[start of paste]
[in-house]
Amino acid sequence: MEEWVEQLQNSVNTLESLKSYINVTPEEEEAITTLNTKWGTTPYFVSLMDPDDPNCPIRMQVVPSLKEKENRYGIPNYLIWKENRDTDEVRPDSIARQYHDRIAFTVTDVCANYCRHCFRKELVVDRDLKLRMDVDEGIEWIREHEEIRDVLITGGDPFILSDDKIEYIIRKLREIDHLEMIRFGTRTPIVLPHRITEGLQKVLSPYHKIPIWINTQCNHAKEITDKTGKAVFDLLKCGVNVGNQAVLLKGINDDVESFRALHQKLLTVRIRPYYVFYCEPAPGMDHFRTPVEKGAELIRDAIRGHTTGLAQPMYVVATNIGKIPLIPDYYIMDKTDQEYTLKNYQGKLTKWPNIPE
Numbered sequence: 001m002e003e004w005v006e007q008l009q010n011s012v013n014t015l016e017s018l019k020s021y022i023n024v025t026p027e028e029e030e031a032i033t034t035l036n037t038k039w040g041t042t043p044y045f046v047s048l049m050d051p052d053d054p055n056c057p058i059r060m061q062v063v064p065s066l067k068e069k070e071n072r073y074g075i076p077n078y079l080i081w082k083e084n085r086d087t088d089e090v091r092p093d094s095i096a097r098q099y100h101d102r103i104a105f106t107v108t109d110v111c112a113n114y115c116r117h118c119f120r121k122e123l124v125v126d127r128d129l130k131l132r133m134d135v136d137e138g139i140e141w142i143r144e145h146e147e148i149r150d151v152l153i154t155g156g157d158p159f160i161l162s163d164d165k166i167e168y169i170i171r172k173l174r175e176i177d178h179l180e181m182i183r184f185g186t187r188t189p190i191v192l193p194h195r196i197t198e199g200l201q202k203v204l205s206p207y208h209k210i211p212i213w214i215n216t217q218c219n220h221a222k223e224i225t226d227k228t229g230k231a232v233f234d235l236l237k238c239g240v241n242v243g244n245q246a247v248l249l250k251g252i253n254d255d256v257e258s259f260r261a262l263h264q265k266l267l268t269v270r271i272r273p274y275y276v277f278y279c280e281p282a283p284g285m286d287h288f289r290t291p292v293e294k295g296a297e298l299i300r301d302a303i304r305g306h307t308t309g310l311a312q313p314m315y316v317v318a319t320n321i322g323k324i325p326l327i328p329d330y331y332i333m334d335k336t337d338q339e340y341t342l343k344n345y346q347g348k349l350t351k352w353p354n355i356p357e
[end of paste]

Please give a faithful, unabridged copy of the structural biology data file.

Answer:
[in-house]
Amino acid sequence: MEEWVEQLQNSVNTLESLKSYINVTPEEEEAITTLNTKWGTTPYFVSLMDPDDPNCPIRMQVVPSLKEKENRYGIPNYLIWKENRDTDEVRPDSIARQYHDRIAFTVTDVCANYCRHCFRKELVVDRDLKLRMDVDEGIEWIREHEEIRDVLITGGDPFILSDDKIEYIIRKLREIDHLEMIRFGTRTPIVLPHRITEGLQKVLSPYHKIPIWINTQCNHAKEITDKTGKAVFDLLKCGVNVGNQAVLLKGINDDVESFRALHQKLLTVRIRPYYVFYCEPAPGMDHFRTPVEKGAELIRDAIRGHTTGLAQPMYVVATNIGKIPLIPDYYIMDKTDQEYTLKNYQGKLTKWPNIPE
Numbered sequence: 001m002e003e004w005v006e007q008l009q010n011s012v013n014t015l016e017s018l019k020s021y022i023n024v025t026p027e028e029e030e031a032i033t034t035l036n037t038k039w040g041t042t043p044y045f046v047s048l049m050d051p052d053d054p055n056c057p058i059r060m061q062v063v064p065s066l067k068e069k070e071n072r073y074g075i076p077n078y079l080i081w082k083e084n085r086d087t088d089e090v091r092p093d094s095i096a097r098q099y100h101d102r103i104a105f106t107v108t109d110v111c112a113n114y115c116r117h118c119f120r121k122e123l124v125v126d127r128d129l130k131l132r133m134d135v136d137e138g139i140e141w142i143r144e145h146e147e148i149r150d151v152l153i154t155g156g157d158p159f160i161l162s163d164d165k166i167e168y169i170i171r172k173l174r175e176i177d178h179l180e181m182i183r184f185g186t187r188t189p190i191v192l193p194h195r196i197t198e199g200l201q202k203v204l205s206p207y208h209k210i211p212i213w214i215n216t217q218c219n220h221a222k223e224i225t226d227k228t229g230k231a232v233f234d235l236l237k238c239g240v241n242v243g244n245q246a247v248l249l250k251g252i253n254d255d256v257e258s259f260r261a262l263h264q265k266l267l268t269v270r271i272r273p274y275y276v277f278y279c280e281p282a283p284g285m286d287h288f289r290t291p292v293e294k295g296a297e298l299i300r301d302a303i304r305g306h307t308t309g310l311a312q313p314m315y316v317v318a319t320n321i322g323k324i325p326l327i328p329d330y331y332i333m334d335k336t337d338q339e340y341t342l343k344n345y346q347g348k349l350t351k352w353p354n355i356p357e